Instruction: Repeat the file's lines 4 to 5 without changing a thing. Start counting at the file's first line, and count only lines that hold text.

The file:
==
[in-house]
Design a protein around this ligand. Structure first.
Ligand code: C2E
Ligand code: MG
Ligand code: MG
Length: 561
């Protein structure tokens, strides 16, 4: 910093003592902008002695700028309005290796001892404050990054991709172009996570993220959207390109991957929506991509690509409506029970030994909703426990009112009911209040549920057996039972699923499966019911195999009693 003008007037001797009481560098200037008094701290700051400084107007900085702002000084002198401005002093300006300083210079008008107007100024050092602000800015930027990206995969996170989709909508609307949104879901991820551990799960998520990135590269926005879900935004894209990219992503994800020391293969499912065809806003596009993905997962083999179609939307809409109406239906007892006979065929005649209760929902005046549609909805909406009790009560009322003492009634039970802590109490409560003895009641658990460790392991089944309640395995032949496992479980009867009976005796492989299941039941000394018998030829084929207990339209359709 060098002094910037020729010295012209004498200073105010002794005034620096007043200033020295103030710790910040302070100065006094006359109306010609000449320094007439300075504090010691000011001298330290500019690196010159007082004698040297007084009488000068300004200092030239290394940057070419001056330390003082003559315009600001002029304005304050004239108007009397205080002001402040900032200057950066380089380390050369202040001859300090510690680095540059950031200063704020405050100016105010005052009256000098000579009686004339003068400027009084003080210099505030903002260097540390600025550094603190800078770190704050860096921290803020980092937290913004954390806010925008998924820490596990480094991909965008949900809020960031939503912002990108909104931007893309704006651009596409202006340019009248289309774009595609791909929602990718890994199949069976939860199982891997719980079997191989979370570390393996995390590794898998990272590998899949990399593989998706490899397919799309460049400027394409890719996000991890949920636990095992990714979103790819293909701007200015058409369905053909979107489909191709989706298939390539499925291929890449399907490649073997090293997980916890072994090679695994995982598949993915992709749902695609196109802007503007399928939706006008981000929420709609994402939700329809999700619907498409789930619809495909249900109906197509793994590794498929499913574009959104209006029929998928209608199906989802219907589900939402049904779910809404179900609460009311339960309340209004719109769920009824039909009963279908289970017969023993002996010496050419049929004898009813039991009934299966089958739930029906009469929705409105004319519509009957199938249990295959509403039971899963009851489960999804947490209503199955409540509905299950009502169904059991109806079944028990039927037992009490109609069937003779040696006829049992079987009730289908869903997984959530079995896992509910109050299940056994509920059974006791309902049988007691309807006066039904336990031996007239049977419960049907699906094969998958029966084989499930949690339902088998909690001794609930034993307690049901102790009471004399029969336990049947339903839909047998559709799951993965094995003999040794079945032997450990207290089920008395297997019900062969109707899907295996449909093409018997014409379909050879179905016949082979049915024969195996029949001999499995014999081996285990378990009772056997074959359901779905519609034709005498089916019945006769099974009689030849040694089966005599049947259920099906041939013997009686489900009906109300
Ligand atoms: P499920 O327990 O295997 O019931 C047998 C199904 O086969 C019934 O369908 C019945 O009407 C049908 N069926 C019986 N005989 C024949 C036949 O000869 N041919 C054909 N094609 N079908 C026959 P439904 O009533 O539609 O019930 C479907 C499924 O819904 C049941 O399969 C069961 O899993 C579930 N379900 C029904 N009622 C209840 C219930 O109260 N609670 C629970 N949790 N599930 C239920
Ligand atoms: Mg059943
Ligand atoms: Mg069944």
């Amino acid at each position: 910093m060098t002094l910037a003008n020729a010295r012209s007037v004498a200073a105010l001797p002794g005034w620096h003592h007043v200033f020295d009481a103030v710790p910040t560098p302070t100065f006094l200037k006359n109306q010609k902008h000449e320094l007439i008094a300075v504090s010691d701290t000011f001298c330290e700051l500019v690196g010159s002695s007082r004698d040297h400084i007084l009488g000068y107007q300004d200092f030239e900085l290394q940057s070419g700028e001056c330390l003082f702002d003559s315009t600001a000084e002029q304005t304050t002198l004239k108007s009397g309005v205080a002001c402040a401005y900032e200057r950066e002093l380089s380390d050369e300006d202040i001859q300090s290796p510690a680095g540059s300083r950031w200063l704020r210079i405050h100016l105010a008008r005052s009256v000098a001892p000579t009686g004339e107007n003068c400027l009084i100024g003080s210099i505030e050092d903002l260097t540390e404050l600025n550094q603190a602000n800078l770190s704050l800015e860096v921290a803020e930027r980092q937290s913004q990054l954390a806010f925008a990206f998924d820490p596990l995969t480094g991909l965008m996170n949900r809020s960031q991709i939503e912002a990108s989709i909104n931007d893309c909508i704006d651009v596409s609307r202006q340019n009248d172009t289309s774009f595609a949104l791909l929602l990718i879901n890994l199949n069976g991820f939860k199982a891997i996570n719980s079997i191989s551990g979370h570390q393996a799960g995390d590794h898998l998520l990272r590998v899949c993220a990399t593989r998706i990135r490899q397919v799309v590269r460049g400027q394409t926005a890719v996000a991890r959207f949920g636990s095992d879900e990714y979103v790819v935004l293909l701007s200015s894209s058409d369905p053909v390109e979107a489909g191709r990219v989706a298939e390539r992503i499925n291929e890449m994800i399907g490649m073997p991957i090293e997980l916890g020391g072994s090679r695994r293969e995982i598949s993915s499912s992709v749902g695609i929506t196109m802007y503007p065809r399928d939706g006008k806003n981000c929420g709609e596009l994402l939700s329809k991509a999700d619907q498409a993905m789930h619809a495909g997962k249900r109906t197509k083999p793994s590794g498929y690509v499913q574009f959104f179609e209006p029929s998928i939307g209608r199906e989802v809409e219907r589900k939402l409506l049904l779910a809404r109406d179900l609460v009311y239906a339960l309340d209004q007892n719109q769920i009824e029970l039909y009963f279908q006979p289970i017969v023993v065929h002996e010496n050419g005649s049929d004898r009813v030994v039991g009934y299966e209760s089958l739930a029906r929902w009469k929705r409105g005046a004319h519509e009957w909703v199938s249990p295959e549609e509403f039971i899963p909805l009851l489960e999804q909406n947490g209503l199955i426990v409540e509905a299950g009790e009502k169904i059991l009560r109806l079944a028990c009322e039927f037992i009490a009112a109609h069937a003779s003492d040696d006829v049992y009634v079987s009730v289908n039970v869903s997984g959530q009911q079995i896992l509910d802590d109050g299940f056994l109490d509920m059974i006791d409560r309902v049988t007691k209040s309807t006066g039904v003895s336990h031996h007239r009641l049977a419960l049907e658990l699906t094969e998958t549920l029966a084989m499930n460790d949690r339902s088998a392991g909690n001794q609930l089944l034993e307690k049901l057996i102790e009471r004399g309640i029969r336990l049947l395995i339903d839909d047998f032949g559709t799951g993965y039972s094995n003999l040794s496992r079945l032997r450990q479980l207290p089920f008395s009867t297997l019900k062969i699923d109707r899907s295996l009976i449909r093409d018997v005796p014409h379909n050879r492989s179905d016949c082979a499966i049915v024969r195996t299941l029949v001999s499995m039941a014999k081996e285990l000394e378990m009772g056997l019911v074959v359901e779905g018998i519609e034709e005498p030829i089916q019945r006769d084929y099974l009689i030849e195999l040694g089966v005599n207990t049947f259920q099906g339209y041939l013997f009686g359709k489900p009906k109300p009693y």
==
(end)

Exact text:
Ligand code: MG
Ligand code: MG